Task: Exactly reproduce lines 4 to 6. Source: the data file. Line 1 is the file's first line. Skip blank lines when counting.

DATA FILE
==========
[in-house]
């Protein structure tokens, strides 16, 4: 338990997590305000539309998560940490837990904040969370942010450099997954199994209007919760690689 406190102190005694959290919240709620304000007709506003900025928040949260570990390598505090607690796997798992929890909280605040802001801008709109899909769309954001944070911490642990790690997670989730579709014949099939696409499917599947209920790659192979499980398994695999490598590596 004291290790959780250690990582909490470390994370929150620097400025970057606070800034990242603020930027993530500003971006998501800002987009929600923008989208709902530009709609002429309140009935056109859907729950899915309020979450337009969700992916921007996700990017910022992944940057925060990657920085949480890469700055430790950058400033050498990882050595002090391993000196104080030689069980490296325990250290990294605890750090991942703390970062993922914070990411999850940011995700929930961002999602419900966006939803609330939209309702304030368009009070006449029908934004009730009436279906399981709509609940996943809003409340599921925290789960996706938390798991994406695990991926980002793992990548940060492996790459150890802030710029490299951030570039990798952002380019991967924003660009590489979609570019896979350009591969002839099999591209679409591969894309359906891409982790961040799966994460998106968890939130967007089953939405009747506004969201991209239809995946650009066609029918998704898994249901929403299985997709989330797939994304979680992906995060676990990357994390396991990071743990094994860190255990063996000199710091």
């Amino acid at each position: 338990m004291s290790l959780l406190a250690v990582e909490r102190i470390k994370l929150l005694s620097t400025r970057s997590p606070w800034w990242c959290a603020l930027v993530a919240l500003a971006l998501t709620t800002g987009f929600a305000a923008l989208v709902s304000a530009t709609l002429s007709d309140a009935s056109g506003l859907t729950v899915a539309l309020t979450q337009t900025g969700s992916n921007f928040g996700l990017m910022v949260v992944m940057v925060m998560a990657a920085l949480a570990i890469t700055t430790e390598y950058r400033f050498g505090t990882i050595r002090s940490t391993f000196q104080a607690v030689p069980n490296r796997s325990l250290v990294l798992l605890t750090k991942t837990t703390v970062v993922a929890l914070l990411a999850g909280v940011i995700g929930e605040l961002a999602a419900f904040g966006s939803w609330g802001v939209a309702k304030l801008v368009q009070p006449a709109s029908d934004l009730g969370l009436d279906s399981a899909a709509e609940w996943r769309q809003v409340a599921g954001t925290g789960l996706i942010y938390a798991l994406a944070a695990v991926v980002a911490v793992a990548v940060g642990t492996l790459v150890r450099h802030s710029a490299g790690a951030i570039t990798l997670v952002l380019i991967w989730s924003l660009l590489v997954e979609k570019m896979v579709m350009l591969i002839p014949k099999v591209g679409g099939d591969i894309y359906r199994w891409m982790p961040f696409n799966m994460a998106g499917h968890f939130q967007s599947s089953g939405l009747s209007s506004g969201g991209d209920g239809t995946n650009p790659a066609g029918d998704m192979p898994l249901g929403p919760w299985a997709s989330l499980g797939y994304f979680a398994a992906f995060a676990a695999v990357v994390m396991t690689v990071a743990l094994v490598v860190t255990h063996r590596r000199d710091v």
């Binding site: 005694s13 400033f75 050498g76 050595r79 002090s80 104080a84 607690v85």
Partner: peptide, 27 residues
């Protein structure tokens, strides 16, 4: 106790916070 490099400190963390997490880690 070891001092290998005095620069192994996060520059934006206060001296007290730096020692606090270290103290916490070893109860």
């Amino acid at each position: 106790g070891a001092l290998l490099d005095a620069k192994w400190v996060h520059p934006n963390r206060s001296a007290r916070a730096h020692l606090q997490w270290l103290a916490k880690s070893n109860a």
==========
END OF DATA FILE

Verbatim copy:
């Binding site: 005694s13 400033f75 050498g76 050595r79 002090s80 104080a84 607690v85």
Partner: peptide, 27 residues
């Protein structure tokens, strides 16, 4: 106790916070 490099400190963390997490880690 070891001092290998005095620069192994996060520059934006206060001296007290730096020692606090270290103290916490070893109860």